Of the planets in the solar system, Jupiter has the strongest magnetic field. The magnetic field interacts with the solar wind to form a bubble that is called a magnetosphere, and within this bubble an energetic plasma emits radio waves to make Jupiter one of the brightest radio sources in the sky.
The magnetic field of Jupiter is nearly a dipole field that is tilted 10° to Jupiter's rotation axis. The magnetic field rotates with the planet. The strength of the magnetic field is estimated to be 4.2 Gauss at the equator and 10 to 14 Gauss at the poles; by way of comparison, Earth's magnetic field is 0.3 Gauss at the equator.
The basic theory for all magnetic field generation in astrophysics is the dynamo theory. In this theory, magnetic fields are created by the convection of a conducting fluid. In Jupiter, the conducting fluid is the metallic hydrogen of the inner mantle. The dynamo converts gravitational potential energy into magnetic field energy. As Jupiter shrinks, gravitational potential energy is converted into heat at the core of the planet. The hot fluid of the inner mantle is buoyant, so it rises, transferring some of its thermal energy into the kinetic energy of convective motion. Some of the energy in convective motion is extracted in the process of creating the magnetic field. The greater the kinetic energy of the convective motion, the greater the energy that is put into the magnetic field.
The cartoon of how the dynamo mechanism works is somewhat reminiscent of a taffy pull. In a perfect conductor, magnetic field lines are frozen to the fluid they pass through, so when an element of the fluid moves, it carries a piece of magnetic field with it. If there is a shear in the fluid perpendicular to the magnetic field lines, the magnetic field lines are stretched, and the magnetic field strength is amplified. It is through this mechanism that energy is transferred from a convective fluid to the magnetic field. A hard limit to the strength of the magnetic field is set by the amount of kinetic energy carried by the fluid. Other factors that limit the strength of the magnetic field are the electrical resistance within the fluid, the increased buoyancy of magnetized fluids, and the tendency of conductors to expel magnetic fields.
As with Earth, Jupiter's magnetic field creates a teardrop-shaped bubble in the solar wind around Jupiter. The boundary of this bubble is called the magnetopause. The magnetopause is the boundary between the plasma that is static within Jupiter's magnetic field and the solar wind. In the direction of the Sun, the magnetopause ranges from 45 to 110 Jupiter radii (3 to 7.7 million kilometers) from the planet. From 10 to 30 Jupiter radii (0.7 to 2 million kilometers) ahead of the magnetopause in the direction of the Sun is a shock caused by the supersonic solar wind striking the subsonic cushion of wind ahead of the magnetopause. The magnetosphere has a radius of from 150 to 200 Jupiter radii (10.5 to 15 million kilometers), and it can trail the planet for half a billion kilometers, although this length can vary dramatically over time.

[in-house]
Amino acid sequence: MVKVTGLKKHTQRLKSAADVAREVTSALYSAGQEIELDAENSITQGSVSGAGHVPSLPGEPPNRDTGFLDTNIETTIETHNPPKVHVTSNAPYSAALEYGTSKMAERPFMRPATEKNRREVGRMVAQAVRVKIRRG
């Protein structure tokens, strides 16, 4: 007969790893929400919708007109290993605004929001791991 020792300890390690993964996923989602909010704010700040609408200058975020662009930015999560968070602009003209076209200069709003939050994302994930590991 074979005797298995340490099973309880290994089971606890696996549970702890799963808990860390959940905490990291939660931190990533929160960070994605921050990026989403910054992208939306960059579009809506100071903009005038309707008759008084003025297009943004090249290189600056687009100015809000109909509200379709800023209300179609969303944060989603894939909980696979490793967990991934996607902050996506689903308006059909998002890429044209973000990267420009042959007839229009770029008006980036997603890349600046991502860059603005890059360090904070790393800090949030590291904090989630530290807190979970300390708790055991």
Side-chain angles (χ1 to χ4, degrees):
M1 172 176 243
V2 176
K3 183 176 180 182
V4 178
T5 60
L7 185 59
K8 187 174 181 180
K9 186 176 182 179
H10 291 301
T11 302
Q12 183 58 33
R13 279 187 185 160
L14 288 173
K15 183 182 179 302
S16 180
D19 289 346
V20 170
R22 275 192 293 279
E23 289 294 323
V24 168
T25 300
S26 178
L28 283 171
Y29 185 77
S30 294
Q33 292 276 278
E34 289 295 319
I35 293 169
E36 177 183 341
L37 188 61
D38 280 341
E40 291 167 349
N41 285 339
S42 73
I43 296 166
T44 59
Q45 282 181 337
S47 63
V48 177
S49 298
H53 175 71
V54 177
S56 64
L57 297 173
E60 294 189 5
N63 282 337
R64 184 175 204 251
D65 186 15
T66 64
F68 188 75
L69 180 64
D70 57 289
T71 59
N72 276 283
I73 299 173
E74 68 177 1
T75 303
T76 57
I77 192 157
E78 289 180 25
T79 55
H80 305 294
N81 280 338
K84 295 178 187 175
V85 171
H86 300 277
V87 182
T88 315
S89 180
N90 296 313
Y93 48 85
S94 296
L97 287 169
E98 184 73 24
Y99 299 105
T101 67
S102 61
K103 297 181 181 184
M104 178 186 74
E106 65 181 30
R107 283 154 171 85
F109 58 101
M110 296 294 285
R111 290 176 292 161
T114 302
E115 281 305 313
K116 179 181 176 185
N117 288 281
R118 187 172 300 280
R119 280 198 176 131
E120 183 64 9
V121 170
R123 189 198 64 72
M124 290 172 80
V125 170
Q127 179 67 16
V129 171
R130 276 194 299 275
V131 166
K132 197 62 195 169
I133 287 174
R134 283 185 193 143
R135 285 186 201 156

The plasma within the magnetosphere is very energetic, with nonthermal electrons of energies above 30MeV and nonthermal ions of energies above 7MeV.1 The composition of the ions is of hydrogen, helium, oxygen, and sulfur. The first two elements are no surprise, given that both Jupiter and the solar wind are predominately hydrogen and helium. In the magnetosphere, the hydrogen is thought to come from Jupiter's atmosphere, and the helium comes from the solar wind. The sulfur, however, is quite surprising unless you pay attention to what the moons are doing. The oxygen and sulfur in the magnetosphere are from the moon Io, which has active volcanos powered by the tidal heating of Io in its orbit of Jupiter. When a volcano erupts on Io, it sends a fountain of sulfur and oxygen high above the surface, and some of this material is injected into the magnetosphere.
Much of the heating of the magnetospheric plasma is from the compression of the magnetic field as Jupiter rotates. As the magnetic field is drawn from the more spacious dark side of Jupiter to the sunlit side, where the solar wind pushed the boundary of the magnetosphere closer to Jupiter, the magnetic field is compressed. A fundamental property of magnetic fields is that when they change with time, an electric field is generated. This electric field accelerates plasma particles, heating the magnetospheric plasma. The energy that goes into the plasma is extracted from Jupiter's rotation.
Storms of radio bursts are emitted from Jupiter's magnetosphere in the 0.6 to 30 MHz range. Individual bursts last from seconds to minutes, and the storms last from one to two hours. This decameter radio emission is cyclotron emission, which is the emission produced by an electron spiraling in a magnetic field. These storms are synchronized to the orbit of Io around Jupiter; as Io moves through Jupiter's magnetic field, it behaves as a conductor, and it generates an electric field. This field drives a current that flows along the magnetic field lines to Jupiter's atmosphere in much the same way that a changing electric field drives a current along a coaxial cable. The radios emission is associated with this current.
1 The electron volt (eV) is a unit of energy. Formally, it is the amount of energy an electron acquires when it passes through a 1 volt potential. Optical photons carry an energy of roughly 1eV. The unit of measure MeV is 106eV, and it is the unit of energy encountered when characterizing gamma-rays. The rest mass energy of the electron is 0.511MeV.